At this point last year we were scavenging the internet, searching for any videos, travel blogs, and news we could find on the island of Roatàn. We’d heard about it on an episode of Caribbean Life and we were a few days away from flying there for the first time in hopes of finding the perfect place to call home. We were nervous, anxious and excited. We talked about it nonstop. Would we like it? Was it what we expected? Are the blogs online accurate? We didn’t know much about Roatàn but we knew it looked a lot like the dream we’d had for the past 15 years. It had lush mountains and beautiful Caribbean ocean, check! It wasn’t overrun with tourists and overly Americanized, check! It had a vibrant culture that wasn’t like anything we’d experienced before, check! Most importantly it was in our price range. Big. Fat. Check!
I think I knew the moment I touched down on the island that it was a perfect fit. Just looking at the island from the air was intoxicating.
It’s been almost a year since we made the decision to buy a home and live our dream. Over that time I’ve learned a lot about myself and the island. I’ve met a lot of wonderful people along the way and others who’s opinions weren’t very accurate of what island life really is. I’ve discovered that everyone’s experience is different than mine. My time on the island has been filled with adventures, some bad but mostly good. My love for Roatàn isn’t just it’s natural beauty (which there’s a TON of!), its the people I’ve met and the experiences I’ve shared with them.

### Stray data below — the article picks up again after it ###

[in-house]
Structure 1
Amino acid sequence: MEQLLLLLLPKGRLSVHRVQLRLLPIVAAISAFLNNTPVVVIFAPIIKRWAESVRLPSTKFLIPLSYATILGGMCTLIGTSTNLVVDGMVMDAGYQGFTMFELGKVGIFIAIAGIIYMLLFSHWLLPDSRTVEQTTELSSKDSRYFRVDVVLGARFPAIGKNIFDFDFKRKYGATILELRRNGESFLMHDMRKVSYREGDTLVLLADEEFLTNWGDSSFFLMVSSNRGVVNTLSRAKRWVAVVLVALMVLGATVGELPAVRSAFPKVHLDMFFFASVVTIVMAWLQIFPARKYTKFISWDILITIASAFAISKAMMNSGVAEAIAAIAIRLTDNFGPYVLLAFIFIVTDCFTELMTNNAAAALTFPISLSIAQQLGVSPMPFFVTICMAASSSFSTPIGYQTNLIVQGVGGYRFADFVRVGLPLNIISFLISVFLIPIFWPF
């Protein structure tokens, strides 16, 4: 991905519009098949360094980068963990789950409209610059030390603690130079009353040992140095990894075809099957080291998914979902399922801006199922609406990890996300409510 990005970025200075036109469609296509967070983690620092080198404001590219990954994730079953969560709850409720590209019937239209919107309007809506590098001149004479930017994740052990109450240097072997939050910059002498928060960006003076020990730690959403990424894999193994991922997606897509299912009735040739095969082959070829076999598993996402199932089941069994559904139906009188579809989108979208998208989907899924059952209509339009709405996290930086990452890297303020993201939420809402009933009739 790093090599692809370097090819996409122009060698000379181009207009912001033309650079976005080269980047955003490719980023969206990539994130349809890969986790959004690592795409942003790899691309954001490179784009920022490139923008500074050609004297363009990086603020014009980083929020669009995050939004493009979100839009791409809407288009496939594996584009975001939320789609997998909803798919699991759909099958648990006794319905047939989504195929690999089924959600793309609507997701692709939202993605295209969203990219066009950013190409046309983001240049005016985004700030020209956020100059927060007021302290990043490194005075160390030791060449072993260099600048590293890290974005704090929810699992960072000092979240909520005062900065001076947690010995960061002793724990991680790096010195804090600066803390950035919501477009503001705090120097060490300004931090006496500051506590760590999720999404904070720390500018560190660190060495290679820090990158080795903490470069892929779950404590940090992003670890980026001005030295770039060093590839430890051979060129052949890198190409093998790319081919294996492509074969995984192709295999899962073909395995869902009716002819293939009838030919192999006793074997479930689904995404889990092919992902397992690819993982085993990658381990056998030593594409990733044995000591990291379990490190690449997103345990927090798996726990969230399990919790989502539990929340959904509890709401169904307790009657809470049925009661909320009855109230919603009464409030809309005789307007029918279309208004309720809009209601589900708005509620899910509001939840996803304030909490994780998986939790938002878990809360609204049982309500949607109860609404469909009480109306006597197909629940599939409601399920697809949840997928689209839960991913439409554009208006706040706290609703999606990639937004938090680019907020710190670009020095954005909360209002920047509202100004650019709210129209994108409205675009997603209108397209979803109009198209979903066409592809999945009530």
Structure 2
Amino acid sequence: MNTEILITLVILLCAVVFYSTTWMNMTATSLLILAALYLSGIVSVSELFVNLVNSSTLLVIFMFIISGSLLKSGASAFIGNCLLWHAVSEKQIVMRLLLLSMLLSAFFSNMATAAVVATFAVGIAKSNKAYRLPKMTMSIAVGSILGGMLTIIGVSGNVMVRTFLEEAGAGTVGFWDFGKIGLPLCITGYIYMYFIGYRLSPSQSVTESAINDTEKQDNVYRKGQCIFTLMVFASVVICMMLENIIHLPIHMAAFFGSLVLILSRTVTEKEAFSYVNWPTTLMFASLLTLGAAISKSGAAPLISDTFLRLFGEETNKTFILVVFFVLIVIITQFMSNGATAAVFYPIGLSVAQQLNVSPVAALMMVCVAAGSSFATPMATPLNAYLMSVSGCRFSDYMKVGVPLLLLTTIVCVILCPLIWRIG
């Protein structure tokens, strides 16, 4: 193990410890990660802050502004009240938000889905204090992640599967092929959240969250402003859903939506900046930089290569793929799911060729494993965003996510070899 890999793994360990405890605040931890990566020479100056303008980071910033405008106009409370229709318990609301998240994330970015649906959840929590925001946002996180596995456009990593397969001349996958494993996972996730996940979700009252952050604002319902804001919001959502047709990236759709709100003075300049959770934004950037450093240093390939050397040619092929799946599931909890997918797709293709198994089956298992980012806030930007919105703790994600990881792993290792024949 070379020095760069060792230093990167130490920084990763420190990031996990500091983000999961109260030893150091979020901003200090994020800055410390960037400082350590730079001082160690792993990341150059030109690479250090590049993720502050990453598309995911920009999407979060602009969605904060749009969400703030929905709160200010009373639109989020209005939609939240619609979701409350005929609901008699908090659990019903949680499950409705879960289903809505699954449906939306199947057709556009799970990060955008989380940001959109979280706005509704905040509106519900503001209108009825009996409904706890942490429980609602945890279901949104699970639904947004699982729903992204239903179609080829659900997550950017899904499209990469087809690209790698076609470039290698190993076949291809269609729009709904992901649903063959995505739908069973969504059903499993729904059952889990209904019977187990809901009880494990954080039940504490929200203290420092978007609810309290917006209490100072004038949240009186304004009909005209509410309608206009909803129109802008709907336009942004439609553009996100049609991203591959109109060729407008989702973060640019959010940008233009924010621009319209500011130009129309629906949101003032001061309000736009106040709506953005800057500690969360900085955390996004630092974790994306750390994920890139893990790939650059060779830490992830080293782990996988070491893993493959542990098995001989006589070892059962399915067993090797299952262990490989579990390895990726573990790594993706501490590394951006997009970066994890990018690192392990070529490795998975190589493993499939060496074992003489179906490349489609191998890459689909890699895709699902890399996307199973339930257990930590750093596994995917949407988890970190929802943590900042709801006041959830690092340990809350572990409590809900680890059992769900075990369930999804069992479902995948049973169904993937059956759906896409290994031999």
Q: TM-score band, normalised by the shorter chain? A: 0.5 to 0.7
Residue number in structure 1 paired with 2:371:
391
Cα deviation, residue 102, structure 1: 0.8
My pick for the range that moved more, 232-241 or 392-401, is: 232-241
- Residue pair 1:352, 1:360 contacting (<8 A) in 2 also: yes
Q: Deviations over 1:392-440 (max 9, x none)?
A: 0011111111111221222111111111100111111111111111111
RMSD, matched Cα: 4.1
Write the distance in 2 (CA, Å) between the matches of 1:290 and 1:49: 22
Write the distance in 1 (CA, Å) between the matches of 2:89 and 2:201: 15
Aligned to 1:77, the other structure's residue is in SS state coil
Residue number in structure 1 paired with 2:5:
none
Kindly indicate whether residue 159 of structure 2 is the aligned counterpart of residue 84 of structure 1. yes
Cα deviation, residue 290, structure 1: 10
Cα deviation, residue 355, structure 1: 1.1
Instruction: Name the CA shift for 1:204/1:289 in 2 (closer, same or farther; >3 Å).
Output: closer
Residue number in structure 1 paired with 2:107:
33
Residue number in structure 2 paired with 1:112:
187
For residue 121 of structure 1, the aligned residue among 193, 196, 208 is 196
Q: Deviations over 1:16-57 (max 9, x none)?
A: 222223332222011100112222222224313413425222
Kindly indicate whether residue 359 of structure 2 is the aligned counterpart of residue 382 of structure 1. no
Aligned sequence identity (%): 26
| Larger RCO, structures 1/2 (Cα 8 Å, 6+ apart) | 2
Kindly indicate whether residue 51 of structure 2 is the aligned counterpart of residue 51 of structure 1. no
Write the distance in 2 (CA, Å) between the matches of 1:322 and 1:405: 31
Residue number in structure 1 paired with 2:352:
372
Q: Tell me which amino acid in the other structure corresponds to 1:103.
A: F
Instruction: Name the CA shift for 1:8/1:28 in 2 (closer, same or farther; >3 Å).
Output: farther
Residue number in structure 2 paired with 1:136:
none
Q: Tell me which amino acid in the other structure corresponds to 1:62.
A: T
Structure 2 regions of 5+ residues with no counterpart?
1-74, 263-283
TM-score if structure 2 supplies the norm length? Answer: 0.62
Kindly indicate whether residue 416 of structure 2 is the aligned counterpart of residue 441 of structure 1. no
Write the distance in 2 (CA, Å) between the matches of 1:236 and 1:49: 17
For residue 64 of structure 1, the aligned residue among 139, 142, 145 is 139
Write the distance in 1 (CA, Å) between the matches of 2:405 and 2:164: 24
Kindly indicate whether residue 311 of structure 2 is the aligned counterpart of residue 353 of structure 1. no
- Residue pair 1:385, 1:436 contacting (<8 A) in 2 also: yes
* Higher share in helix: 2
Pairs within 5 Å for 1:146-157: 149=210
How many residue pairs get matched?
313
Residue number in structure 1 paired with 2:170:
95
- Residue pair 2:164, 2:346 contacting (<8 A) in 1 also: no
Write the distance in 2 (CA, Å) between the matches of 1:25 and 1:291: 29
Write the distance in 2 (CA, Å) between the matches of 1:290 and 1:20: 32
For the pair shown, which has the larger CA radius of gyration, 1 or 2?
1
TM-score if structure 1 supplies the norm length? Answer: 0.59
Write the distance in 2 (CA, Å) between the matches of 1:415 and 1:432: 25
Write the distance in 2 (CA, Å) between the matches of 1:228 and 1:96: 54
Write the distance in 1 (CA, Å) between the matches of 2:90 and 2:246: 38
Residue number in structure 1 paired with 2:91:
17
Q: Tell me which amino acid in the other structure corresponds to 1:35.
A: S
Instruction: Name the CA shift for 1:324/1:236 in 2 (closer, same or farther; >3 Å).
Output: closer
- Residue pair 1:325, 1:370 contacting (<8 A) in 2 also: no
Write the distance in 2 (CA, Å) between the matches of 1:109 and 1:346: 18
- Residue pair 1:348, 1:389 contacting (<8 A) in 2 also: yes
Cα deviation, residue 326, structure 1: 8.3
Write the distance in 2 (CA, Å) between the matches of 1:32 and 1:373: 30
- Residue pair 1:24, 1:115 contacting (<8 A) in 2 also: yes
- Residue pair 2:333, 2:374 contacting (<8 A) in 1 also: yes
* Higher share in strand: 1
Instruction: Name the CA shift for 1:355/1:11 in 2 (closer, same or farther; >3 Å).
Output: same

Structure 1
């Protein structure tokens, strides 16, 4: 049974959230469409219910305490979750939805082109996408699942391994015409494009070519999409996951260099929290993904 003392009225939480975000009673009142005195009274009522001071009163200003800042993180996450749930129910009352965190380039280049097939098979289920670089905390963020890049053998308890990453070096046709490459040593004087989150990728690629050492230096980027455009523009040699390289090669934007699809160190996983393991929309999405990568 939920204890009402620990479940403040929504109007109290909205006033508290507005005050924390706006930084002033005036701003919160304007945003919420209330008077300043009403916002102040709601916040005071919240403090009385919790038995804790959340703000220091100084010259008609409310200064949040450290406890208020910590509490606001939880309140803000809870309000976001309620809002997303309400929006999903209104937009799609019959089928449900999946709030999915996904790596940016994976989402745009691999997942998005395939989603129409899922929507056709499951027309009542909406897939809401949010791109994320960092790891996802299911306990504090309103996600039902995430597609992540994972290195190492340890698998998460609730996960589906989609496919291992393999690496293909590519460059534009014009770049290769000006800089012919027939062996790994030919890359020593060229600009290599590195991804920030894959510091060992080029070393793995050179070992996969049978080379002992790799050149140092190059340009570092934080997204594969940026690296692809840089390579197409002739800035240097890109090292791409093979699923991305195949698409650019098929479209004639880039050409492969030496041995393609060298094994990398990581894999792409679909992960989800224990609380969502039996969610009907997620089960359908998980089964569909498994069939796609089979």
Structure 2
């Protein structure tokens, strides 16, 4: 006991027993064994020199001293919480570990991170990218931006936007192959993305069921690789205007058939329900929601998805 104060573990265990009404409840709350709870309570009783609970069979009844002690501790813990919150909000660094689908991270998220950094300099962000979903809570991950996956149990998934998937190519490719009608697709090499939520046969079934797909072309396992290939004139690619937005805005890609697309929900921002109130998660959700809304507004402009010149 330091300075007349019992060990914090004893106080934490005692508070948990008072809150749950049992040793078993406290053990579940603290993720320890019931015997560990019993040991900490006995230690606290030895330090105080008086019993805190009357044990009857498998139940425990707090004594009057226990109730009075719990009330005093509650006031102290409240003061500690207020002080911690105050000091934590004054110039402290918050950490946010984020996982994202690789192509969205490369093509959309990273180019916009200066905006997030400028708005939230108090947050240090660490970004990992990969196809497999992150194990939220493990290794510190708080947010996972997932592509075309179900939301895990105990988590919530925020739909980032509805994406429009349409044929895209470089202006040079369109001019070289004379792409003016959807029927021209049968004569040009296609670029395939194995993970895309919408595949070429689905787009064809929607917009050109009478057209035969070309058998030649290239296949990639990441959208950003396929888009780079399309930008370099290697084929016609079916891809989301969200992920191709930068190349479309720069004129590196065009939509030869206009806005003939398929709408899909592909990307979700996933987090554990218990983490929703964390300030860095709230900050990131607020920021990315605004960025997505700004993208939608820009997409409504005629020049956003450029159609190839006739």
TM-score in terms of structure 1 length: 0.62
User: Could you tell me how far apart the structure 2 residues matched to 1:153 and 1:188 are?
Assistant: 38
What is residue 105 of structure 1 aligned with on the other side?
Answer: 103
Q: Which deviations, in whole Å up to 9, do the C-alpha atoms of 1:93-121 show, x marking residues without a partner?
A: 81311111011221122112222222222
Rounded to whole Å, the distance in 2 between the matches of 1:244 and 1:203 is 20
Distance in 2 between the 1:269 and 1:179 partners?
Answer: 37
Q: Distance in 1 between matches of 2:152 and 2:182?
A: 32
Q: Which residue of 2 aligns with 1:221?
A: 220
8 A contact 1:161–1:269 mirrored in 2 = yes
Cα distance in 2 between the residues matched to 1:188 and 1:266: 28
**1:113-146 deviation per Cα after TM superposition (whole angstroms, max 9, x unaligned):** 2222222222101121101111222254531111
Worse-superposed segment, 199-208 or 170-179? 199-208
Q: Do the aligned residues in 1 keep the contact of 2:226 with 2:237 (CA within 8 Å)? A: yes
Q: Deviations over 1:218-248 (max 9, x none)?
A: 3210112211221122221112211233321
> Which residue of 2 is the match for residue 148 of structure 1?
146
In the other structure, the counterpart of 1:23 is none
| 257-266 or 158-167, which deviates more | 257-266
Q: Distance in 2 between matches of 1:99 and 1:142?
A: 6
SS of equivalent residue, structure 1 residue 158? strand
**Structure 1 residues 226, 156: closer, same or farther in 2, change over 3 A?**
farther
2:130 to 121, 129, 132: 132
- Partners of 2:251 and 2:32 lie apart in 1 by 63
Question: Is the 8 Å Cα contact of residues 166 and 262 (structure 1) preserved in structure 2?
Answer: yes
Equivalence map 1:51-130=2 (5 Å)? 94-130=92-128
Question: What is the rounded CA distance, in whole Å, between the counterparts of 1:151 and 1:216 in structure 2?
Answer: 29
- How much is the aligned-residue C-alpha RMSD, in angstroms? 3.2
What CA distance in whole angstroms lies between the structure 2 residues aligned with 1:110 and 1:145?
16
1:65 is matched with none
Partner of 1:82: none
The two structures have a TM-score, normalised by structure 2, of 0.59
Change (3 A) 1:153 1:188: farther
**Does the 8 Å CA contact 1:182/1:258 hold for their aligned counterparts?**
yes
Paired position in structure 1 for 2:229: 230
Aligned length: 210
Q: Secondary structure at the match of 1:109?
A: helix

Our friend Randy, who’s family has been on the island for many generations and who helps us maintain our home, is one of my best friends. I love his laugh and his way of telling stories. He gets so excited sometimes I can’t even understand what he’s saying but I still enjoy hearing him tell it. He’s an incredible cook and an even better baker. He created an oven/grill/stovetop using cinder blocks and metal sheets by the casita (small home/guest house) and has blown me away with how well he can control the temperature on it. He’s cooked fritters, rice and a fish head stew that is on the top of the best dishes I’ve ever eaten. It was simple and delicious and fresh. It’s spoiled me so much that I can’t buy grocery store fish in the States any longer. It’s just not the same as having it freshly caught that morning from a local fisherman. Randy’s father lived to be over 100 years old and could literally thread a needle with no glasses on his 100th birthday. It was quite the party from what I hear, with “everyone” on the island making their way to the East End to celebrate. Randy’s wife is a chef at the cruise ship port in Mohogany Bay cooking hundreds of meals a day for the tourists coming off the ships. His son Harrison is the most well behaved kid I’ve ever met. He’s as curious about my life in Charlotte as I am about his on the island. He’s eager to show us how to open coconuts and cook cashews using the spathe from our coconut trees.